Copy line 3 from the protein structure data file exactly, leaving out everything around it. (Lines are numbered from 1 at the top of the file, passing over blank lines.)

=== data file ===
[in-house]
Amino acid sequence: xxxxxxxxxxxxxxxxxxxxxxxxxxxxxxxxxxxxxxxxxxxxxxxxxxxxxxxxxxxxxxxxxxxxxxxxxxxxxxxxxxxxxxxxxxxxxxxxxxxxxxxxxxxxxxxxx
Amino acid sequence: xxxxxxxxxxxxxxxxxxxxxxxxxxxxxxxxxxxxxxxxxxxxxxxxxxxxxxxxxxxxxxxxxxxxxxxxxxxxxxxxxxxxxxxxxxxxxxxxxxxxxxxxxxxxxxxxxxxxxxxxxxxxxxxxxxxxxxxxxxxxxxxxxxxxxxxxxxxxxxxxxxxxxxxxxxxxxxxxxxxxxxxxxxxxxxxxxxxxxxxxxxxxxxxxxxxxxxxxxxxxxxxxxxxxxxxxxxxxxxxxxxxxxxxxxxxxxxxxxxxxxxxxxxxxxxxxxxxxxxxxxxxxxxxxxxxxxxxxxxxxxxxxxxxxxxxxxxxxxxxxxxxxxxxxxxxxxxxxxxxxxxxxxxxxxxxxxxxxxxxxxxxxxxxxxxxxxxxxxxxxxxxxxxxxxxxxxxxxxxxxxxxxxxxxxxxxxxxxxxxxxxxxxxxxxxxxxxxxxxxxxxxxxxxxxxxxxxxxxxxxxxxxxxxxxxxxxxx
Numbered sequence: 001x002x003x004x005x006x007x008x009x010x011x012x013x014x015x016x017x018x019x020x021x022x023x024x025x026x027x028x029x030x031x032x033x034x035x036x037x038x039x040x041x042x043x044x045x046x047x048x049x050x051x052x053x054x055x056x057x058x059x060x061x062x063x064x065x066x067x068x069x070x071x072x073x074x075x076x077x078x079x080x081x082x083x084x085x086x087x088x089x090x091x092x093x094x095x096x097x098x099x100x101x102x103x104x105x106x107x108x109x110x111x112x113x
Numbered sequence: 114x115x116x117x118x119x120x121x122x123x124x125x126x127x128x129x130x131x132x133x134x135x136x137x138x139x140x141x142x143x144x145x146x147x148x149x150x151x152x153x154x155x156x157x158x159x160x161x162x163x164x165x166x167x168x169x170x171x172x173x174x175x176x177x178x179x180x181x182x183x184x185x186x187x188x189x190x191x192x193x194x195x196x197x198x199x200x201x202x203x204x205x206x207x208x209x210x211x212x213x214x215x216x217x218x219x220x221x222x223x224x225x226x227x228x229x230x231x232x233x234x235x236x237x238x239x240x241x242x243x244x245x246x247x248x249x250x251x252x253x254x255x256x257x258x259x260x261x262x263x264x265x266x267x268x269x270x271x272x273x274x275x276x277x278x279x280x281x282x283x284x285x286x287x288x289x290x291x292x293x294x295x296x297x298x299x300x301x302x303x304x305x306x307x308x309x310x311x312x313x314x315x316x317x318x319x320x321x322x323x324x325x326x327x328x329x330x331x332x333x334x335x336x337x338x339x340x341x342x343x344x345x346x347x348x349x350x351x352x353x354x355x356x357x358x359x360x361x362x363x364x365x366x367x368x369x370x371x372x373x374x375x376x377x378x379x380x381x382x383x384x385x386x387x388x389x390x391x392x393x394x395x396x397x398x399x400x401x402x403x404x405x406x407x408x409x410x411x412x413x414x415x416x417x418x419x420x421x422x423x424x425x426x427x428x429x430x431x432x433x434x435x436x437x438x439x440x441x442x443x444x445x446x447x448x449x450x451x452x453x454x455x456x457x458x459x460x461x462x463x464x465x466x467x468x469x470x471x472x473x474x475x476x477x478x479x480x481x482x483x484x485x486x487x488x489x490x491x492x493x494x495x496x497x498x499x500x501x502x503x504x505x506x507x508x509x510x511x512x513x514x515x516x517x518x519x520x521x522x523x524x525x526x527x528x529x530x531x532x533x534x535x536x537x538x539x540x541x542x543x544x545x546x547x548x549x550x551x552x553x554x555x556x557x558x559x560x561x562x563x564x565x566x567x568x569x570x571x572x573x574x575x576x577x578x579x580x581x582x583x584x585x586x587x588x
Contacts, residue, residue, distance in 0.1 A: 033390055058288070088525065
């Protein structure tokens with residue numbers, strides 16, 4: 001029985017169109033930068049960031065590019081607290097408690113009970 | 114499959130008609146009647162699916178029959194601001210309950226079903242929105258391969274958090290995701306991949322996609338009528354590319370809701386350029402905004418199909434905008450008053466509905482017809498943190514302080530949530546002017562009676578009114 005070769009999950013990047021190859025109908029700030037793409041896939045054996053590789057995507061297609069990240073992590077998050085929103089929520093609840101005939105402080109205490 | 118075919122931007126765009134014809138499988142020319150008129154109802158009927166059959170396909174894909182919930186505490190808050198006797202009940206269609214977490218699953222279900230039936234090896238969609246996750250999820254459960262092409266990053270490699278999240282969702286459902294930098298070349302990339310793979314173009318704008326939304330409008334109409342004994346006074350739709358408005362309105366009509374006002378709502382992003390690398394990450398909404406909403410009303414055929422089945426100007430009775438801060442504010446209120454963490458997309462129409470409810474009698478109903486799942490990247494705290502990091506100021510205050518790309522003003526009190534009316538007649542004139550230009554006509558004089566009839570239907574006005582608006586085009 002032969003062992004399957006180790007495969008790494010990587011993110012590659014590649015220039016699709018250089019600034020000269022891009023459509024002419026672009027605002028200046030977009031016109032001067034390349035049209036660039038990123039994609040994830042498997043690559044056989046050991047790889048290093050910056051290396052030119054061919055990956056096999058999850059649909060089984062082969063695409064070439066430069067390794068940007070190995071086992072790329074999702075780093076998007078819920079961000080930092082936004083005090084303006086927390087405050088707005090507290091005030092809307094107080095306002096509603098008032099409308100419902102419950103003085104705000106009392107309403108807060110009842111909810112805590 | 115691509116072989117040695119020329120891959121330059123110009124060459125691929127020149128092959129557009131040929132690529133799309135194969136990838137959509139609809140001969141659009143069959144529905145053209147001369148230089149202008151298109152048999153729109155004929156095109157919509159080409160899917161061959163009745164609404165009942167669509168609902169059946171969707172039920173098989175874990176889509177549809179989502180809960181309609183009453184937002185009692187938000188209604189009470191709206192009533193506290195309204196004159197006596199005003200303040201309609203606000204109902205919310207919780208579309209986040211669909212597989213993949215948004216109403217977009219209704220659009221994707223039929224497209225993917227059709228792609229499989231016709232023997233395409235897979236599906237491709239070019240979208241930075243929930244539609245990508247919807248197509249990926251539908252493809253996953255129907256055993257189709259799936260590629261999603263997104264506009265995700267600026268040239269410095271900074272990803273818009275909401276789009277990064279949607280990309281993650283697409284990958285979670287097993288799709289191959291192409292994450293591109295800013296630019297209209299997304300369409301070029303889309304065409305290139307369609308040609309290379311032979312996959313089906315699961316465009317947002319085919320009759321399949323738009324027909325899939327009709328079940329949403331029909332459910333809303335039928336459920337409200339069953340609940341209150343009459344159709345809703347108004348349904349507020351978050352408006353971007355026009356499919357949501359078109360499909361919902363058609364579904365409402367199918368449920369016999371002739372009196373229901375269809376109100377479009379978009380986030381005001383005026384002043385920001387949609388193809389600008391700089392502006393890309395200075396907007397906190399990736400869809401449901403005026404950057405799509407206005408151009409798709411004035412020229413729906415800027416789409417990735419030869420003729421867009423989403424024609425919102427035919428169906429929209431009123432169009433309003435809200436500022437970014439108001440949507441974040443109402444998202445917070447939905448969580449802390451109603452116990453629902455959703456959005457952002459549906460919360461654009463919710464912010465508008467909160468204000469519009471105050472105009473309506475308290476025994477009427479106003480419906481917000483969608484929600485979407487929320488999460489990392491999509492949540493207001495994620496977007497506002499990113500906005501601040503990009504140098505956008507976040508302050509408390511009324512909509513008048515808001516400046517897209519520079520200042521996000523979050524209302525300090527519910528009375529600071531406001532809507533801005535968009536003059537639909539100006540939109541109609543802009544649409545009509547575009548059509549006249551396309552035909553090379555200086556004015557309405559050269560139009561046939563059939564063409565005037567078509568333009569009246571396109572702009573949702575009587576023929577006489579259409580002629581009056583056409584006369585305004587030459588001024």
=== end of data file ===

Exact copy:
Amino acid sequence: xxxxxxxxxxxxxxxxxxxxxxxxxxxxxxxxxxxxxxxxxxxxxxxxxxxxxxxxxxxxxxxxxxxxxxxxxxxxxxxxxxxxxxxxxxxxxxxxxxxxxxxxxxxxxxxxxxxxxxxxxxxxxxxxxxxxxxxxxxxxxxxxxxxxxxxxxxxxxxxxxxxxxxxxxxxxxxxxxxxxxxxxxxxxxxxxxxxxxxxxxxxxxxxxxxxxxxxxxxxxxxxxxxxxxxxxxxxxxxxxxxxxxxxxxxxxxxxxxxxxxxxxxxxxxxxxxxxxxxxxxxxxxxxxxxxxxxxxxxxxxxxxxxxxxxxxxxxxxxxxxxxxxxxxxxxxxxxxxxxxxxxxxxxxxxxxxxxxxxxxxxxxxxxxxxxxxxxxxxxxxxxxxxxxxxxxxxxxxxxxxxxxxxxxxxxxxxxxxxxxxxxxxxxxxxxxxxxxxxxxxxxxxxxxxxxxxxxxxxxxxxxxxxxxxxxxxxx